Below are some interesting Montana-specific findings, especially in the context of the current gutting/eliminating/slashing of environmental protection laws and regulations by the GOP majorities in Helena.

As part of efforts to improve the state economy and generate jobs as quickly as possible, some people have proposed reducing protections on land, air and water that apply to major industries, including construction and agriculture. Would you prefer that:
• Montana reduce protections for land, air and water that apply to major industries: 20%
• Montana maintain protections for land, air and water that apply to major industries: 73%

Even with state budget problems, we should still find money to protect Montana’s land, water and wildlife.
• Strongly or somewhat agree: 81%
• Strongly or somewhat disagree: 16%

We should ensure that undeveloped, public lands in Montana are kept in their natural state.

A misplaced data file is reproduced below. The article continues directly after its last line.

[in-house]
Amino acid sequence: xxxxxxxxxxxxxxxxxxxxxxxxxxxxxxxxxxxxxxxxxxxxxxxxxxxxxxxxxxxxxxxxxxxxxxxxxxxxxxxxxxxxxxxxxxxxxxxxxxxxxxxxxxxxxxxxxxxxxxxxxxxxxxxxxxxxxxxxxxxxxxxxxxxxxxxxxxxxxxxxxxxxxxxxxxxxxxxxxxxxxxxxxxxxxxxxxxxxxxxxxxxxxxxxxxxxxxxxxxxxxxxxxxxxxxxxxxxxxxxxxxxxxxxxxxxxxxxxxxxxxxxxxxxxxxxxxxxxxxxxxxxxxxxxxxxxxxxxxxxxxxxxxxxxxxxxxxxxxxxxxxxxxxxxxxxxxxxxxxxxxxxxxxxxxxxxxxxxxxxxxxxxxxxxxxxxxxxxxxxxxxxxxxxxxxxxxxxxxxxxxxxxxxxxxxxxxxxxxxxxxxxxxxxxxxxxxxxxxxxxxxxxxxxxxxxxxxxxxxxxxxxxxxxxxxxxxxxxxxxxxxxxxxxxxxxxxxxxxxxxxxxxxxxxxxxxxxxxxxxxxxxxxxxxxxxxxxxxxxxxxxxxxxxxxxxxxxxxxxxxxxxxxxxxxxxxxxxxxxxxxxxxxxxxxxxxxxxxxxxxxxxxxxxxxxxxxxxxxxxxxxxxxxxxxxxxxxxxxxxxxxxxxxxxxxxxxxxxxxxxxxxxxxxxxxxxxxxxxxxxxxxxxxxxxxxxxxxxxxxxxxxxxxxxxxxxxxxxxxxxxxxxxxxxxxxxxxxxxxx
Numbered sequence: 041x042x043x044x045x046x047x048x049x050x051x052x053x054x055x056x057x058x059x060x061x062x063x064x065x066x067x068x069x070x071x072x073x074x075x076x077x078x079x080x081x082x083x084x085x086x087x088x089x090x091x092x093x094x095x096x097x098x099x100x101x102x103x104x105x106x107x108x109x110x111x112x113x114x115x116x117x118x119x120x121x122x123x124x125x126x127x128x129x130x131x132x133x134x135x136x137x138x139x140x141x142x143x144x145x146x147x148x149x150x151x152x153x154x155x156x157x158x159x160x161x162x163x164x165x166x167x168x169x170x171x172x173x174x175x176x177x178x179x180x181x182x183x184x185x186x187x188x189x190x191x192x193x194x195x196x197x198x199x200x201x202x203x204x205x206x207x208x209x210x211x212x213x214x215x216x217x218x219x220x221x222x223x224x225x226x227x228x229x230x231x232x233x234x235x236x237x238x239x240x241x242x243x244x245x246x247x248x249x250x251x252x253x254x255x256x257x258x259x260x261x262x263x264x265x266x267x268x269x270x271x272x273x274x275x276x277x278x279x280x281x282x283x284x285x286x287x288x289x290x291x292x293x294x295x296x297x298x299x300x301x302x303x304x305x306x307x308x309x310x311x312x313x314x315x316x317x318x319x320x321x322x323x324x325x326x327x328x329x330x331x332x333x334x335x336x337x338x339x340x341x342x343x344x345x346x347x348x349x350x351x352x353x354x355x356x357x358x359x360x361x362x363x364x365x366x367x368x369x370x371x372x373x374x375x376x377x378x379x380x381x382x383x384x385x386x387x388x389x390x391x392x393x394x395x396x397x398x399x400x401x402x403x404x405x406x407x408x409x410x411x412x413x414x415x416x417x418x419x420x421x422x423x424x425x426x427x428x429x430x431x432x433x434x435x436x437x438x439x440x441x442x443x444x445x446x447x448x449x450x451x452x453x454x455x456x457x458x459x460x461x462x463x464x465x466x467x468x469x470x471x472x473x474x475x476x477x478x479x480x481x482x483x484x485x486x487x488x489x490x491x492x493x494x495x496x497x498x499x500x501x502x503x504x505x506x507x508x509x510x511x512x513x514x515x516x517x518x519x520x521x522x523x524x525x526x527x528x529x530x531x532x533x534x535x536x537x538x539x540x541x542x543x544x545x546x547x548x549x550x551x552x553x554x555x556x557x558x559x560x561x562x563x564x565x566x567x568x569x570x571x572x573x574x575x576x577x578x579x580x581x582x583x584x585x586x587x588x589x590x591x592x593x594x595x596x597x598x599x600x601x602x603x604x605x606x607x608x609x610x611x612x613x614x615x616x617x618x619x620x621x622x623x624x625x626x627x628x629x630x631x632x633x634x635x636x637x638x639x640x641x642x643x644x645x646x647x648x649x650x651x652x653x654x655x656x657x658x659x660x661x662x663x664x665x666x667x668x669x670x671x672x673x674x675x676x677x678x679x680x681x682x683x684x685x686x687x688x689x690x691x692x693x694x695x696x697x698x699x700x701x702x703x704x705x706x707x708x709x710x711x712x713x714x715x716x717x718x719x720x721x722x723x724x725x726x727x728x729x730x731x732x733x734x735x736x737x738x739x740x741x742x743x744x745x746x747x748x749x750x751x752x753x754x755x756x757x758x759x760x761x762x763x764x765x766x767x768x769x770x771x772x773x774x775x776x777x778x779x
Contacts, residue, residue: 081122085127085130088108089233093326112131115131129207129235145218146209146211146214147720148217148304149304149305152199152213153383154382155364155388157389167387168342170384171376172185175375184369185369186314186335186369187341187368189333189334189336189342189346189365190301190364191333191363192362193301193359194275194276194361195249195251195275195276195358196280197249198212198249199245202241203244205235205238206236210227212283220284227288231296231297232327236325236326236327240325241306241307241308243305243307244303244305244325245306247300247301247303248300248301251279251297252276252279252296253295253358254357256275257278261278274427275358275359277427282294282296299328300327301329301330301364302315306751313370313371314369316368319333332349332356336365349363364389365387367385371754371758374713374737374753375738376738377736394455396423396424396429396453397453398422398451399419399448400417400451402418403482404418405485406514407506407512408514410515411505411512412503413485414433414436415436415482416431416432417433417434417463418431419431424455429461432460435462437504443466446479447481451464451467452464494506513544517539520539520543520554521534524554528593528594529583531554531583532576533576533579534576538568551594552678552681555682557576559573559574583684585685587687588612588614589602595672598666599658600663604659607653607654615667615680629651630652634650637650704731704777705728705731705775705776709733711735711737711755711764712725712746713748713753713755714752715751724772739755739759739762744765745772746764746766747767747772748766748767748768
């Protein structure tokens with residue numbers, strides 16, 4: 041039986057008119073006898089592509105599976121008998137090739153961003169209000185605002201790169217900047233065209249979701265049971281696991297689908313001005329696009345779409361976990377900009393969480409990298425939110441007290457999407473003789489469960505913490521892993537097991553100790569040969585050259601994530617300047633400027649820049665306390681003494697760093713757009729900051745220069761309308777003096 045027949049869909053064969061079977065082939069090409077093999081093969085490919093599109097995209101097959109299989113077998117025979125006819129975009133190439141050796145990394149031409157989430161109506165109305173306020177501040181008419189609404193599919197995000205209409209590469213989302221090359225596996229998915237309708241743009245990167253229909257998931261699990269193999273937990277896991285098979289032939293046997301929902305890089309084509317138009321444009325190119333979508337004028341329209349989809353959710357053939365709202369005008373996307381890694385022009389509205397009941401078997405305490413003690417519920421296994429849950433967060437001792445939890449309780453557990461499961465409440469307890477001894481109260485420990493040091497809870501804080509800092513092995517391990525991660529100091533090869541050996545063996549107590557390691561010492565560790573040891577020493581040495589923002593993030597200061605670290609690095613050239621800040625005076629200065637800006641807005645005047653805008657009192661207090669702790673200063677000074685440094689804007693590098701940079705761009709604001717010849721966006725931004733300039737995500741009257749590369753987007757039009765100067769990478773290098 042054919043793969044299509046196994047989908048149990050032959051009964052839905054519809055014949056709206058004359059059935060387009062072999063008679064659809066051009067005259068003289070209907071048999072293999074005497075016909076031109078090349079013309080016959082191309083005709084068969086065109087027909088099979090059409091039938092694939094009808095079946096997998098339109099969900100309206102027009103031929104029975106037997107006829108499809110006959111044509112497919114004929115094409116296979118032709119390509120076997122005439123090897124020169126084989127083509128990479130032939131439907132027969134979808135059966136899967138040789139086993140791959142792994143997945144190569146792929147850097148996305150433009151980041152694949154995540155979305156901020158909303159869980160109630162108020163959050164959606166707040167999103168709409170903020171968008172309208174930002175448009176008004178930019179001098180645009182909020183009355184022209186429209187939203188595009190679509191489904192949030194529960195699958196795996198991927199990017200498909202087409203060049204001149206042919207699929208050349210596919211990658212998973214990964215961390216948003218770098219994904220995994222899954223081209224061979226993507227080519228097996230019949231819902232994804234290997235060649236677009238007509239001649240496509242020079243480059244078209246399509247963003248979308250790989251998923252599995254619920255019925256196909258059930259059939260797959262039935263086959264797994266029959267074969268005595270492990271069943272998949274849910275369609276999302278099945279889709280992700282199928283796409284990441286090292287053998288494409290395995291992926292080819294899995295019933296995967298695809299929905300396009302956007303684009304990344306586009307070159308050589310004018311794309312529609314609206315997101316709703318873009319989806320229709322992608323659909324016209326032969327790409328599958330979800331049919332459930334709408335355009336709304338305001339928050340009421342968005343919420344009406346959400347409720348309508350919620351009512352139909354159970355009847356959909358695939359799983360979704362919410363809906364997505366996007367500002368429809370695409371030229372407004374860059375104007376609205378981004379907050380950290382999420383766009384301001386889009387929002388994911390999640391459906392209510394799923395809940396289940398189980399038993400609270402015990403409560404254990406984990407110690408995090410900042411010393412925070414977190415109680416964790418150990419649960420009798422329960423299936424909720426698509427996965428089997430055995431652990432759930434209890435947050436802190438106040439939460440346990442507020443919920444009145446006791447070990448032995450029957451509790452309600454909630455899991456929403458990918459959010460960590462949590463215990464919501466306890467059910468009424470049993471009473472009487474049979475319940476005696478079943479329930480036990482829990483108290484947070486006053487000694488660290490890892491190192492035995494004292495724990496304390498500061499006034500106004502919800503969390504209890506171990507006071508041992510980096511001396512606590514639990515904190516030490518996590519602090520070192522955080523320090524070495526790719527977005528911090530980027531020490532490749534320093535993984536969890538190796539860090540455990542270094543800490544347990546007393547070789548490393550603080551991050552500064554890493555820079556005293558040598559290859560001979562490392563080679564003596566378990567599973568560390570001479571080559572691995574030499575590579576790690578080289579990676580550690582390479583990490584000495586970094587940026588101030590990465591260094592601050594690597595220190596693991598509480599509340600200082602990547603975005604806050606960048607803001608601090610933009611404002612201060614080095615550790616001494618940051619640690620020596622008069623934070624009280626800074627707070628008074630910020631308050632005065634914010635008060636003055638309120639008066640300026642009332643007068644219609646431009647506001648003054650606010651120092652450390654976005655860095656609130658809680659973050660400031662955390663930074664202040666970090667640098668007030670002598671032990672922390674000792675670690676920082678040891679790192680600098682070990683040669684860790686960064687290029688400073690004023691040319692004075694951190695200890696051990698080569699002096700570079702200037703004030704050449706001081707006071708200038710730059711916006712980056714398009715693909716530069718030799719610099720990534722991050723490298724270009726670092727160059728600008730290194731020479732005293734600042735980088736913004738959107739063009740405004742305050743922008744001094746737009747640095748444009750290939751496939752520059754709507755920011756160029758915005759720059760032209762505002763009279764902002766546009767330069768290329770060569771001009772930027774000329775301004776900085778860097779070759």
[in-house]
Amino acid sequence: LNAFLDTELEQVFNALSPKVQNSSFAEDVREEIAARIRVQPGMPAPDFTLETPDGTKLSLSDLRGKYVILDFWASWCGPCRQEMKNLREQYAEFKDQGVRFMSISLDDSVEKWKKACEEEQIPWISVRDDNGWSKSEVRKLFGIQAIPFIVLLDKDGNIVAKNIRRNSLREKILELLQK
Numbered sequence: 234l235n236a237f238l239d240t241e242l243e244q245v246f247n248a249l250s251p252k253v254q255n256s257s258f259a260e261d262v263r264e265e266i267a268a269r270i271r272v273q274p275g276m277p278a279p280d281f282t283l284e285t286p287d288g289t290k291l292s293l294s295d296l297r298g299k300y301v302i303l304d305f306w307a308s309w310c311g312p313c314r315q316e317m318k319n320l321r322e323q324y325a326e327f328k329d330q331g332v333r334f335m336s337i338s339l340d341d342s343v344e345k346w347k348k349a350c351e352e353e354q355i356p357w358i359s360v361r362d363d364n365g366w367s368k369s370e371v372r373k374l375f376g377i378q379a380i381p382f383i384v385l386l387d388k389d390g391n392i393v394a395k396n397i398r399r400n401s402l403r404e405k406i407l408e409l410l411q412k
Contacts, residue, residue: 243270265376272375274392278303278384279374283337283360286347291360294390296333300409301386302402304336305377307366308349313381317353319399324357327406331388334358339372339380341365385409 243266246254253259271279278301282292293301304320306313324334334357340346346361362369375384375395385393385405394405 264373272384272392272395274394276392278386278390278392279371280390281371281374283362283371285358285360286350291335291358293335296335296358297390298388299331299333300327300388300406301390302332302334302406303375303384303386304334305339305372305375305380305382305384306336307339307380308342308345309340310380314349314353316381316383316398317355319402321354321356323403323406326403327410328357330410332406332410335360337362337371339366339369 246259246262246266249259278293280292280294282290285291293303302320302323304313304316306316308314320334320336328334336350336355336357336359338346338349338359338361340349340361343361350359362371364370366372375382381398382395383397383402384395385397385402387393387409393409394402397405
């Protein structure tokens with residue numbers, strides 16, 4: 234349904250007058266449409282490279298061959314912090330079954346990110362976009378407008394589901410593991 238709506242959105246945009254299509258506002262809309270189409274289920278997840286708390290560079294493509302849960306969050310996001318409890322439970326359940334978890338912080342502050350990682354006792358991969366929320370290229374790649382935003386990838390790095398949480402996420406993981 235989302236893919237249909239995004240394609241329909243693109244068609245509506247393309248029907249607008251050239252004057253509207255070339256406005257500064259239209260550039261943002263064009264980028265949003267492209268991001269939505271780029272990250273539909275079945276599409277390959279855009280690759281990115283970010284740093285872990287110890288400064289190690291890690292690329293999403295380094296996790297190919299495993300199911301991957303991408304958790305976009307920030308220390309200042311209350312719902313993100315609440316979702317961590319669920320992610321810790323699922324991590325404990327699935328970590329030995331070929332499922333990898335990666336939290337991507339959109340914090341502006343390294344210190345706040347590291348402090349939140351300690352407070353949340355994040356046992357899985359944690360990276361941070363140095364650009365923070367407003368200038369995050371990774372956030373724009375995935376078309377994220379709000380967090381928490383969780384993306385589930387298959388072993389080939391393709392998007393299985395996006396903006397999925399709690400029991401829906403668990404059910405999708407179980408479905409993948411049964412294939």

• Strongly or somewhat agree: 75%
• Strongly or somewhat disagree: 20%

We need to do more to ensure oil, gas and mining companies follow laws protecting our land, air and water.
• Strongly or somewhat agree: 76%
• Strongly or somewhat disagree: 22%

Posted in Climate Change, Economy, Energy, Sustainable Solutions, Unsustainable, US Congress | Tagged: , | Leave a Comment »

Missoula Indy: GOP lawmakers wage war on MT’s enviro laws

Posted by Matthew Koehler on February 17, 2011

Today, the Missoula Independent’s Matthew Frank has an excellent, in-depth article looking at the sorry state of affairs within the 2011 Montana legislature concerning a little something called “the environment.” If you enjoy breathing air, drinking water, eating food and viewing wildlife in a non-Chernobyl, non-Bhopal sort of way, make sure to give this article a read…and take the appropriate actions.

Posted in Climate Change, Coal, Economy, Energy, Unsustainable | Tagged: | Leave a Comment »